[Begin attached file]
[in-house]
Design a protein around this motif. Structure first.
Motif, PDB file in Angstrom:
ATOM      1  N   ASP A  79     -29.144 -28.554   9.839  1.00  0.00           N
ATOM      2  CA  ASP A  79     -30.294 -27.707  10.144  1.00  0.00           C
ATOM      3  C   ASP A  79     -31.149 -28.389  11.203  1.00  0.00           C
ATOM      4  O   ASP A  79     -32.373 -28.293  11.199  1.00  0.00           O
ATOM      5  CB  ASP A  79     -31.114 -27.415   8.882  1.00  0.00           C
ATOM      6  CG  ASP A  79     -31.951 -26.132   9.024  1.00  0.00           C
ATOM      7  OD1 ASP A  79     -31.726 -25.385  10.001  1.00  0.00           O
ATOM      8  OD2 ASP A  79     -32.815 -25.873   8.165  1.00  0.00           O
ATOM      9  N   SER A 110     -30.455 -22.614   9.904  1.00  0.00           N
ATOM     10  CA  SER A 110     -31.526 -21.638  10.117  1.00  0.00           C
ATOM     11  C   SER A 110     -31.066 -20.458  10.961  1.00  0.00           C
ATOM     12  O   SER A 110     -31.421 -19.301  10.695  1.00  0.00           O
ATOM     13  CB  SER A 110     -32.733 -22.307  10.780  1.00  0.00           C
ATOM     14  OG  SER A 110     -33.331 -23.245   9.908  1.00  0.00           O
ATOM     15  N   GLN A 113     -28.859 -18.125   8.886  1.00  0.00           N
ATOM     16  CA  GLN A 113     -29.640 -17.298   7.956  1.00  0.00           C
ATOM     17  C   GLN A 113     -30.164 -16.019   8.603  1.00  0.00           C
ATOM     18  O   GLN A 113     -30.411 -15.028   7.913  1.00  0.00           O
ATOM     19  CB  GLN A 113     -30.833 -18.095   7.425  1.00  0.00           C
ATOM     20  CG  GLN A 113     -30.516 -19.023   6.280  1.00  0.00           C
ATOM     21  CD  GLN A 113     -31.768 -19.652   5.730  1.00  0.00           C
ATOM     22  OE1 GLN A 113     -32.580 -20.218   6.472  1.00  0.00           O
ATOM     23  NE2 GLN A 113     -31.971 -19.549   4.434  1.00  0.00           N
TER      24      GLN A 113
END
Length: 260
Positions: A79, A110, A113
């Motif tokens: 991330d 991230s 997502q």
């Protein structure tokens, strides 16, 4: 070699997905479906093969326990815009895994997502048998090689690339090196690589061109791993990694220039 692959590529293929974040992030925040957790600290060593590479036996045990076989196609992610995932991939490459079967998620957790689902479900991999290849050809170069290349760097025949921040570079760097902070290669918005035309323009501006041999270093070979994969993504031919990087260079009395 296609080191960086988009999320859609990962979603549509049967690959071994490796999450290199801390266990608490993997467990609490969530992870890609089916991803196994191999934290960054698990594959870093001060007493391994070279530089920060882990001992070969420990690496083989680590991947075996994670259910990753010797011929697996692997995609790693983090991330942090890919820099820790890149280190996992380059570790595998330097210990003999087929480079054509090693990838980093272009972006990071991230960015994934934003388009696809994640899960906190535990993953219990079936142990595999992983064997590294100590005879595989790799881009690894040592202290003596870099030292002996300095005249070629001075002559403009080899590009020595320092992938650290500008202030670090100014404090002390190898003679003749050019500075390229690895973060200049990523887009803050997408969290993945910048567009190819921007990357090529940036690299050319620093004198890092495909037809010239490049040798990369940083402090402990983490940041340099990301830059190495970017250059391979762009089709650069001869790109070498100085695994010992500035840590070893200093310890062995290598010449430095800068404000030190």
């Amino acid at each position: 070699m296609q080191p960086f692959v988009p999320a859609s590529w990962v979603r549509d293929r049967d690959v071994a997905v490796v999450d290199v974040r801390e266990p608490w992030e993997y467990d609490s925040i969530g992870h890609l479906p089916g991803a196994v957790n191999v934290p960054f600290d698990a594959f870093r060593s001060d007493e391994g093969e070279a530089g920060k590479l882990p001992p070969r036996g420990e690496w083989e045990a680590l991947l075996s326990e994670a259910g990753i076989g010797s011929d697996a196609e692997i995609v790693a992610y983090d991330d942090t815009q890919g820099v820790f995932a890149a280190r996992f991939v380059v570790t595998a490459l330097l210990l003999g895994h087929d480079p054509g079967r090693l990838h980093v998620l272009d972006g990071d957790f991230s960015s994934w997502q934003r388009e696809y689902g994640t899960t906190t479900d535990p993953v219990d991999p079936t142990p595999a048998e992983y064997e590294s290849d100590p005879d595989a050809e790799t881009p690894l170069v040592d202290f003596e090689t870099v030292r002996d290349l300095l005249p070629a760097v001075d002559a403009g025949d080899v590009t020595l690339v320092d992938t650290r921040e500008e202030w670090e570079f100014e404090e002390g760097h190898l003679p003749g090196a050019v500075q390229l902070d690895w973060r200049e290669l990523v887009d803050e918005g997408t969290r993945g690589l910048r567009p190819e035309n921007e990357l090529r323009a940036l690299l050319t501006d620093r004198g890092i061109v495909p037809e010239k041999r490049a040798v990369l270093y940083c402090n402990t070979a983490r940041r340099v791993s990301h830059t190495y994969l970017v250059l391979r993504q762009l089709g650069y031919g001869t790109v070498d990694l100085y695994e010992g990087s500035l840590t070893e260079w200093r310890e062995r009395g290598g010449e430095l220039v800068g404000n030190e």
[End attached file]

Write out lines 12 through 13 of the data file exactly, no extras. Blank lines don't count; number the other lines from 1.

ATOM      9  N   SER A 110     -30.455 -22.614   9.904  1.00  0.00           N
ATOM     10  CA  SER A 110     -31.526 -21.638  10.117  1.00  0.00           C